Some truths about your laptop battery
Most modern devices use lithium-based batteries that get damaged when they’re completely drained. But if your laptop uses an older type of battery that’s not made of lithium-ion or lithium-polymer, it’s best to let it discharge completely before recharging it.
Laptop batteries also have limited life spans. So no matter what you do, yours will age from the very first time you charge it. This is because as time passes, the ions in your battery will become less efficient in flowing from the anode to the cathode, thereby reducing your battery’s capacity.
What else can degrade your laptop battery?
Besides being naturally prone to deterioration, your battery can degrade due to higher-than-normal voltages, which may happen when you keep your battery fully charged at all times. Even though a modern laptop battery cannot be overcharged, it will be damaged if you leave your laptop plugged in all the time.
Both extremely high temperatures (above 70°F) and low temperatures (32–41°F) can also reduce battery capacity and damage components. The same goes for storing a battery for long periods of time, which can lead to extreme discharge.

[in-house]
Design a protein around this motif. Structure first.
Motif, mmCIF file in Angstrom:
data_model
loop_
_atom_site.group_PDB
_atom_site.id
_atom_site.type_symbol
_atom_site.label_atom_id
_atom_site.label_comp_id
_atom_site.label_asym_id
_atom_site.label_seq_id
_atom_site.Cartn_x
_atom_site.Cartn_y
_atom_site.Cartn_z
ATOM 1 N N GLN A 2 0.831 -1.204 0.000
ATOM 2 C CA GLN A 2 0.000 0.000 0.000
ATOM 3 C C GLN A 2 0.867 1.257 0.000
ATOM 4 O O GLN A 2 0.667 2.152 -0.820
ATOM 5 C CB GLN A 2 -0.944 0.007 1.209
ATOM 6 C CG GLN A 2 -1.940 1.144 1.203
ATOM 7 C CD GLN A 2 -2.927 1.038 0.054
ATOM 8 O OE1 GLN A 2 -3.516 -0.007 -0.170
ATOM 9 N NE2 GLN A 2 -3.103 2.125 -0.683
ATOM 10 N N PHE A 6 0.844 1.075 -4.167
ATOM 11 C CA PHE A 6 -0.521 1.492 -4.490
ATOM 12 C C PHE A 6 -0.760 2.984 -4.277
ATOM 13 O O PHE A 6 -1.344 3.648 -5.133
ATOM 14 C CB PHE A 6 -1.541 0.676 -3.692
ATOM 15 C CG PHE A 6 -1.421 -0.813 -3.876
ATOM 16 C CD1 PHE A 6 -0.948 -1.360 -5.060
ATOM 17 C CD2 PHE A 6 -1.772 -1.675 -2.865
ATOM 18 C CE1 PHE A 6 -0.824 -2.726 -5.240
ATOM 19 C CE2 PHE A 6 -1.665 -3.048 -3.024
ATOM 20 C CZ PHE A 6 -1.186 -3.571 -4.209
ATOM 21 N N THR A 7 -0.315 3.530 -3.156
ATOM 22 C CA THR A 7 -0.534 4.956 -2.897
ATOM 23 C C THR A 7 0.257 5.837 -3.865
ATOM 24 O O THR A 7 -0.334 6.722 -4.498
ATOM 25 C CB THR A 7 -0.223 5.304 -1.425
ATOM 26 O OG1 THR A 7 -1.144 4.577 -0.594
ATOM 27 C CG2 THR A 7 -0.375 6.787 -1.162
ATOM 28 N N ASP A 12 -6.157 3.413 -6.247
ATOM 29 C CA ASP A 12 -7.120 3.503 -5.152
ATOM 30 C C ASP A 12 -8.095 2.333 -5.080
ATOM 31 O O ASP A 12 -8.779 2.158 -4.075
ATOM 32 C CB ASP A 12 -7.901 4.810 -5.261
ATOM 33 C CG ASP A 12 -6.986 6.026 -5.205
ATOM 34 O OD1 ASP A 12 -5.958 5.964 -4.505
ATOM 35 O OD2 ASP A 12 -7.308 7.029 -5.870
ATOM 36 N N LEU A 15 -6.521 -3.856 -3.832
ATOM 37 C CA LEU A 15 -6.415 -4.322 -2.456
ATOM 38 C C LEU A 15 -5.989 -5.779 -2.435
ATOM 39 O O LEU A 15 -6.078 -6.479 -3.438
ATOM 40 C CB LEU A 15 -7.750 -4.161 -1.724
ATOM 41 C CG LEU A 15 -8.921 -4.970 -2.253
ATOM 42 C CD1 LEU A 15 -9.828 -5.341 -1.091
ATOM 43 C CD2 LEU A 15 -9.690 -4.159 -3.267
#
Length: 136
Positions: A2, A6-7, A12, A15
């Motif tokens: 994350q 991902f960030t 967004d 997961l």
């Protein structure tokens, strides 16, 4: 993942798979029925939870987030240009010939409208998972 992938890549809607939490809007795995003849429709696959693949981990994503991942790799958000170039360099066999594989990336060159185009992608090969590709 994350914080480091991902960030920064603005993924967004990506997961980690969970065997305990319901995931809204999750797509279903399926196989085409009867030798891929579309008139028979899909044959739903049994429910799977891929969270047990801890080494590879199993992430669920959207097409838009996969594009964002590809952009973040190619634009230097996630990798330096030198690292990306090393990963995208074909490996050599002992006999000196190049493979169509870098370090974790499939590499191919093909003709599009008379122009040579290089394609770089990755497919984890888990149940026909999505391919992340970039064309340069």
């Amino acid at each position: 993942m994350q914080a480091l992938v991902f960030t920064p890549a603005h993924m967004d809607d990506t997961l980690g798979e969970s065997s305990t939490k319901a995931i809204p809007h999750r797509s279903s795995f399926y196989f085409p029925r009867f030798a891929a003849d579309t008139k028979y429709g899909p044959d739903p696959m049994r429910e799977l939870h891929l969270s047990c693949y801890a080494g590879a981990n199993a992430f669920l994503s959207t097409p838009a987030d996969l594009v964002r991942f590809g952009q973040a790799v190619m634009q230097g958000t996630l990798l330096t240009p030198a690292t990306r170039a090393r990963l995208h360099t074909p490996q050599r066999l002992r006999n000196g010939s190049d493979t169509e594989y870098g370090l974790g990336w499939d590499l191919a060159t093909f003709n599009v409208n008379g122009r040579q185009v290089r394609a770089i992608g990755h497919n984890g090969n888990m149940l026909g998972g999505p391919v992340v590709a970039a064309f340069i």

Another factor that can affect laptop battery life is physical damage. Remember that batteries are made of sensitive materials, and a shock from a fall or a similar incident can damage them.
How can you prolong your laptop battery life?
Now that you know some facts about your laptop battery, it’s time to learn how to delay its demise:
- Never leave your battery completely drained.
- Don’t expose your battery to extremely high or low temperatures.
- If possible, charge your battery at a lower voltage.
- If you need to use your laptop for a long period of time while it’s plugged into a power source, it’s best if you remove the battery from your device so it runs just like a desktop. This may not be applicable to newer laptop models that have built-in, non-removable batteries, however.
- When you need to store your battery for a few weeks, you should recharge your battery to 40% and, if possible, remove it from your laptop for storage.
These are just a few tips on extending the life of your hardware. There are many more ways you can maximize hardware efficiency and extend longevity. Call our experts today to find out more!